Hedwig and the Angry Inch – John Cameron Mitchell/Stephen Trask

Hedwig and the Angry Inch – John Cameron Mitchell/Stephen Trask

Hedwig rocks! Totally! So totally, in fact, that if you’re not into stage smoke, strobe lights and amplified instruments, you’d better come prepared with a pocketful of Excedrin. But the people who will be drawn to Hedwig and the Angry Inch, raised on the ethos of rock concerts, should have no problem. Either way, it’s a rockin’ good show.

John Cameron Mitchell’s little tale of an innocent German lad whose sex change operation went awry has had an interesting journey from page to stage. Beginning off-Broadway, and starring author Mitchell in the high-energy title role, it received the Obie and Outer Critic’s Circle Awards in 1998. Inevitably, it was made into a film which garnered awards at festivals in Sundance, Seattle, Deauville, Berlin and both the San Francisco International and the San Francisco Gay and Lesbian Film Festivals. Mitchell also was nominated for a Best Actor Golden Globe in 2002.

Meanwhile, the stage production marched on, all the way to Edinburgh (where Kevin Cahoon, who stars in San Francisco, replaced Mitchell in the lead at the Fringe Festival), then Boston, Seattle, Austin, Cleveland, Minneapolis and LA Now, after lengthy negotiations, Hedwig finally has arrived in San Francisco – a city historically hospitable to gender-bending, drag queens and over-the-top costuming. It’s about time.

The venue is as seedy as the fictional rock club wherein the action is set, the old Victoria Theatre on 16th Street in the Mission. But not to be discouraged. The Victoria has its charms. You can buy popcorn and eat it in your seat. And that seat will recline slightly, in the manner of the best movie house furniture. Moreover, one lucky critic found parking on the street, half a block away.

And now, on with the show. Ladies and gentlemen, give it up for Hedwig, who enters in a costume that makes anything Cher might show up in look ordinary. Feathers, leather, just a touch of fur darlings and a huge blonde wig, a fashion statement approached only by some of the getups seen in the audience. And Cahoon looks sensational in it.

Actually, Cahoon is sensational, whether belting out one of composer Stephen Trask’s rock numbers, strutting his/her stuff across the stage in high-heeled boots, vamping the audience in the manner of a younger Dame Edna or telling the touching and tragic story of Hedwig’s life. And, although it is really a sad story, make no mistake, as told by Hedwig, this is a hugely funny show.

Seduced by an American GI in postwar Germany, young Hansel-about-to-become-Hedwig agrees to the sex change operation desired by his new lover as a wedding gift. The motivation is to escape an unloving mother and get to America, home of beloved rock ‘n’ roll which Hansel has heretofore been forced to listen to in the oven at Mama’s insistence. Problem is, the surgeon botches the job, leaving an inch of male sex organ where the female parts were supposed to have gone. Poor Hedwig. A year later she finds herself divorced and abandoned in a trailer park in Kansas.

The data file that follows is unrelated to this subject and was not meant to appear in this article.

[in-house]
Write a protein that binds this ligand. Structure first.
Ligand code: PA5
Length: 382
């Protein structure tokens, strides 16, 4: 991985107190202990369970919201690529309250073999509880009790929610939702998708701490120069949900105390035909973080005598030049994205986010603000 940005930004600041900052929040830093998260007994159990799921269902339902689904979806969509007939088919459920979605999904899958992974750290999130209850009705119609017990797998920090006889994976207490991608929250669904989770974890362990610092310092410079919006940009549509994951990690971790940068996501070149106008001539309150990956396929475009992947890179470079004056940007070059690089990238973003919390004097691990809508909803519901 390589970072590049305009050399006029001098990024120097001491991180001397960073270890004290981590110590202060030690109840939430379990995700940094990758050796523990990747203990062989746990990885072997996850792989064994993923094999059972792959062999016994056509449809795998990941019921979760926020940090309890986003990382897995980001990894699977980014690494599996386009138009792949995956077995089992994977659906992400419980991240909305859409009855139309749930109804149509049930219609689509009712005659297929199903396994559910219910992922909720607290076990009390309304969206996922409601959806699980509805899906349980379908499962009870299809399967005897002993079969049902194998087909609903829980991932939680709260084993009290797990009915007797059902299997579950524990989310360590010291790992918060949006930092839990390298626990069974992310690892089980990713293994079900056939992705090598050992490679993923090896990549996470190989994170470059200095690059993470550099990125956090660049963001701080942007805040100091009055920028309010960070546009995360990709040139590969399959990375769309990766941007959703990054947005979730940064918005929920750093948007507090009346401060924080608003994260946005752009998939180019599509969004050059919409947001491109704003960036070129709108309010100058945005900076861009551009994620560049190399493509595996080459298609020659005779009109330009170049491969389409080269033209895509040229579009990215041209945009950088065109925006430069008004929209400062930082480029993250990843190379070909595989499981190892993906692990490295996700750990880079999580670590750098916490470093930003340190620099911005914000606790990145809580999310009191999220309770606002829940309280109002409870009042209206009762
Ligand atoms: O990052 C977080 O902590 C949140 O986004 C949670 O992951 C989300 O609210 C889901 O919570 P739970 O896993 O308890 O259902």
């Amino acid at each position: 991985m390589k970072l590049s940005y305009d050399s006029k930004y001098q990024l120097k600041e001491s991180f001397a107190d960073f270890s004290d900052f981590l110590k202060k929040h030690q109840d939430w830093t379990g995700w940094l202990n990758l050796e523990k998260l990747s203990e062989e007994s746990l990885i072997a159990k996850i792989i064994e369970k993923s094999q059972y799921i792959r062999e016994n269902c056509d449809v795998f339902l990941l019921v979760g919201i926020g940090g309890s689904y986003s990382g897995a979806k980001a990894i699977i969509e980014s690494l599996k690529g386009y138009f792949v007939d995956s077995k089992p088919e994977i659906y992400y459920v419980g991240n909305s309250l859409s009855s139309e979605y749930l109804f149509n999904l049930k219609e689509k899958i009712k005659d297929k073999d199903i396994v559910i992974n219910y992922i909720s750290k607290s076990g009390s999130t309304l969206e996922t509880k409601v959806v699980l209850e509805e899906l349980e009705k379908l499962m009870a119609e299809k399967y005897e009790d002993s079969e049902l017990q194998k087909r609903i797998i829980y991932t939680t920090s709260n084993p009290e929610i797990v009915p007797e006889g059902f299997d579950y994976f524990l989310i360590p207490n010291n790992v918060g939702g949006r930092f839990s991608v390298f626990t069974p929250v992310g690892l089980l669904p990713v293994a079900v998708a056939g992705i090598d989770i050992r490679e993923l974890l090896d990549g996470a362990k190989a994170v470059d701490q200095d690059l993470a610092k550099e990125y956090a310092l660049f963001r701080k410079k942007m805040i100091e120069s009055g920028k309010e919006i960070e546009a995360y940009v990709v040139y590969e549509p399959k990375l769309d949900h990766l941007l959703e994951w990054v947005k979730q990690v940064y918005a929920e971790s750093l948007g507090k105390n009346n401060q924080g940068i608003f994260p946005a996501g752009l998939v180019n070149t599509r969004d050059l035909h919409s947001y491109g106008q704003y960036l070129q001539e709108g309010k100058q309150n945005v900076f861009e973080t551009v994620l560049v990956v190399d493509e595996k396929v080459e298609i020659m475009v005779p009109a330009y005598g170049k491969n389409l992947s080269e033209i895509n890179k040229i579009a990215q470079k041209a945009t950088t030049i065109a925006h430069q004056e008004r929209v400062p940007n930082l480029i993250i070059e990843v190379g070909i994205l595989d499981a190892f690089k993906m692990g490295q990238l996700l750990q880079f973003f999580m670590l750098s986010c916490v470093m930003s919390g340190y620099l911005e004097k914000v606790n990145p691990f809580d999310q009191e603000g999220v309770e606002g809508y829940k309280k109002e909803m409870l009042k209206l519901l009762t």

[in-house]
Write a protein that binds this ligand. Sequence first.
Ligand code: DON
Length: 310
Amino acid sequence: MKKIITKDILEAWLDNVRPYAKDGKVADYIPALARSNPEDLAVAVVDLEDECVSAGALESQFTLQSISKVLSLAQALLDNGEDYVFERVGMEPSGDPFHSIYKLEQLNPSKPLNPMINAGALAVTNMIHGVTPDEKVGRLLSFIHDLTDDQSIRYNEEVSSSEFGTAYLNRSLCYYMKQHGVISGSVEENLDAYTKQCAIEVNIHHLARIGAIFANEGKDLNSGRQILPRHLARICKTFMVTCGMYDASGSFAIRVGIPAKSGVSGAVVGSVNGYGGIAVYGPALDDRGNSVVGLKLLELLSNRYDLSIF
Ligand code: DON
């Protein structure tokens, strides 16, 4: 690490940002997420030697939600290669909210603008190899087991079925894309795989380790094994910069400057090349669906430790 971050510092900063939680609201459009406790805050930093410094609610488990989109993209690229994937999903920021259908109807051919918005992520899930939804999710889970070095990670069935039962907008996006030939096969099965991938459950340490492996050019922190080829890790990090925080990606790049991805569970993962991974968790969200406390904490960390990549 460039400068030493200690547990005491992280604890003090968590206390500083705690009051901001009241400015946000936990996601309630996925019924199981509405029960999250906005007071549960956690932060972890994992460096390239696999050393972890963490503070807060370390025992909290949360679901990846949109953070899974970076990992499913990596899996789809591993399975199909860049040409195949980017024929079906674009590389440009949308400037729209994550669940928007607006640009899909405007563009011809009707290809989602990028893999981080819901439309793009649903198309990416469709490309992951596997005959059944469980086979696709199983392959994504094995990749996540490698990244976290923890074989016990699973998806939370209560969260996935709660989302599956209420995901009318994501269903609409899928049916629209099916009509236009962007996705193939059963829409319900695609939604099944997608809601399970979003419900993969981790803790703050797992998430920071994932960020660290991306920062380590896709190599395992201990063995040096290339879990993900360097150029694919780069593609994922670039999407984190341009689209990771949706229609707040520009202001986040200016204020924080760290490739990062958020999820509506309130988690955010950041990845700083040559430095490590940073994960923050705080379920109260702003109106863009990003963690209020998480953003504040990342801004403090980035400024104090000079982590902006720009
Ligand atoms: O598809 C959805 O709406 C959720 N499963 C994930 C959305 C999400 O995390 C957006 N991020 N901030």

But the music plays on and soon, Hedwig, who has decided to become a rock star, and her new young lover, are playing clubs across the state. It seems that Hedwig has some talent as a songwriter and her guy, re-christened Tommy Gnosis, really wows the girls as a performer. Hedwig, who has been searching for her “other half” since childhood, is in love and teaches Tommy everything she knows. But, when the young man discovers Hedwig’s “inch,” he leaves her, taking all her material with him.

Which brings us to the present. Tommy is an international rock star of some notoriety. Hedwig scrapes by, singing in seedy clubs with her band of misfits, an oddly-dressed crew with unpronounceable names, fronted by her latest husband, Yitzhak, a Bosnian Jewish refugee who is essentially mute when it comes to dialogue but can sing up a storm. Lisa M. Engelken, a San Francisco rocker who performs as lisa e., plays the role. The band of nebbishes (Perry James, Matthew Black, Matthew Sperry and Nick Fogler) is terrific, if loud. Jason Eagan directed and the rest of the story unfolds as the band plays on.

Part rock concert, part Rocky Horror and part Days of Our Lives – German Style, Hedwig and the Angry Inch has settled down in San Francisco for an open-ended run. Knowing San Francisco, that should last a long, long time.

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San Francisco ,
Suzanne Weiss has been writing about the arts for the past 35 years. Formerly Arts Editor for the papers of Pioneer Press in the northern Chicago suburban area, her work also has appeared in Stagebill and Crain’s Chicago Business, among other publications. Since moving to the Bay Area she has reviewed theater, opera, dance and the occasional film for the San Mateo Times, “J” and is a regular contributor to culturevulture. She is the author of “Glencoe, Queen of Suburbs.”